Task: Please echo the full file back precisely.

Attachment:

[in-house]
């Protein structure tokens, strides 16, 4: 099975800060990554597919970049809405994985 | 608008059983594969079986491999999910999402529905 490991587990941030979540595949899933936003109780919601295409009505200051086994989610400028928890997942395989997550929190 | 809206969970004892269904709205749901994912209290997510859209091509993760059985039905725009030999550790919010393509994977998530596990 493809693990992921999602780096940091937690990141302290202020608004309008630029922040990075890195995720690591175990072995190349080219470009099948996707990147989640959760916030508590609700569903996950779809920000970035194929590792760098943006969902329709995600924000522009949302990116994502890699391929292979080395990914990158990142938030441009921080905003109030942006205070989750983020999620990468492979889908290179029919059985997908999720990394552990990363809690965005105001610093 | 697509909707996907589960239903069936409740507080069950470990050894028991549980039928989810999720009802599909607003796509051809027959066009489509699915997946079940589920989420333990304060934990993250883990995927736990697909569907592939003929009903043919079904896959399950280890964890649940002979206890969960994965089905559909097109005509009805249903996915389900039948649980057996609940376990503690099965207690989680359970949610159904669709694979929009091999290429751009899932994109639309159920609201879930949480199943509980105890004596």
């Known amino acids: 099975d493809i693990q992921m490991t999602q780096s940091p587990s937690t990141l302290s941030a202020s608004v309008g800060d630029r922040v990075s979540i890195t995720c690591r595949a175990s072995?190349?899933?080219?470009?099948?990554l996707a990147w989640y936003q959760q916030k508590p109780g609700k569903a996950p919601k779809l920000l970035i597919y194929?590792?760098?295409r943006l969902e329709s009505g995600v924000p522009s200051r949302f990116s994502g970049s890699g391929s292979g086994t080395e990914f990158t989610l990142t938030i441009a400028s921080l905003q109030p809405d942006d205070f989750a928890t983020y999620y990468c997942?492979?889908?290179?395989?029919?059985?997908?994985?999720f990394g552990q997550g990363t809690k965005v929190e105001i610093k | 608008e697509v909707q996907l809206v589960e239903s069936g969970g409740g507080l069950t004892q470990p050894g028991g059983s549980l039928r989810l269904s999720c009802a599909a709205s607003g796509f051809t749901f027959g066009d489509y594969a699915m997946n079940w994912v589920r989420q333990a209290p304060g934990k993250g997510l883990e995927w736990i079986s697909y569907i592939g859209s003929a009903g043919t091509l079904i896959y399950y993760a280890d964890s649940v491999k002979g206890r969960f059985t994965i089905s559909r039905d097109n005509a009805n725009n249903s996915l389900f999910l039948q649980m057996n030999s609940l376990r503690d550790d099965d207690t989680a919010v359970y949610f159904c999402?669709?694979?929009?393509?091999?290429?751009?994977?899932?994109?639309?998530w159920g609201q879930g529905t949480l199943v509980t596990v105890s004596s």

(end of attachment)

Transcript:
[in-house]
């Protein structure tokens, strides 16, 4: 099975800060990554597919970049809405994985 | 608008059983594969079986491999999910999402529905 490991587990941030979540595949899933936003109780919601295409009505200051086994989610400028928890997942395989997550929190 | 809206969970004892269904709205749901994912209290997510859209091509993760059985039905725009030999550790919010393509994977998530596990 493809693990992921999602780096940091937690990141302290202020608004309008630029922040990075890195995720690591175990072995190349080219470009099948996707990147989640959760916030508590609700569903996950779809920000970035194929590792760098943006969902329709995600924000522009949302990116994502890699391929292979080395990914990158990142938030441009921080905003109030942006205070989750983020999620990468492979889908290179029919059985997908999720990394552990990363809690965005105001610093 | 697509909707996907589960239903069936409740507080069950470990050894028991549980039928989810999720009802599909607003796509051809027959066009489509699915997946079940589920989420333990304060934990993250883990995927736990697909569907592939003929009903043919079904896959399950280890964890649940002979206890969960994965089905559909097109005509009805249903996915389900039948649980057996609940376990503690099965207690989680359970949610159904669709694979929009091999290429751009899932994109639309159920609201879930949480199943509980105890004596």
């Known amino acids: 099975d493809i693990q992921m490991t999602q780096s940091p587990s937690t990141l302290s941030a202020s608004v309008g800060d630029r922040v990075s979540i890195t995720c690591r595949a175990s072995?190349?899933?080219?470009?099948?990554l996707a990147w989640y936003q959760q916030k508590p109780g609700k569903a996950p919601k779809l920000l970035i597919y194929?590792?760098?295409r943006l969902e329709s009505g995600v924000p522009s200051r949302f990116s994502g970049s890699g391929s292979g086994t080395e990914f990158t989610l990142t938030i441009a400028s921080l905003q109030p809405d942006d205070f989750a928890t983020y999620y990468c997942?492979?889908?290179?395989?029919?059985?997908?994985?999720f990394g552990q997550g990363t809690k965005v929190e105001i610093k | 608008e697509v909707q996907l809206v589960e239903s069936g969970g409740g507080l069950t004892q470990p050894g028991g059983s549980l039928r989810l269904s999720c009802a599909a709205s607003g796509f051809t749901f027959g066009d489509y594969a699915m997946n079940w994912v589920r989420q333990a209290p304060g934990k993250g997510l883990e995927w736990i079986s697909y569907i592939g859209s003929a009903g043919t091509l079904i896959y399950y993760a280890d964890s649940v491999k002979g206890r969960f059985t994965i089905s559909r039905d097109n005509a009805n725009n249903s996915l389900f999910l039948q649980m057996n030999s609940l376990r503690d550790d099965d207690t989680a919010v359970y949610f159904c999402?669709?694979?929009?393509?091999?290429?751009?994977?899932?994109?639309?998530w159920g609201q879930g529905t949480l199943v509980t596990v105890s004596s």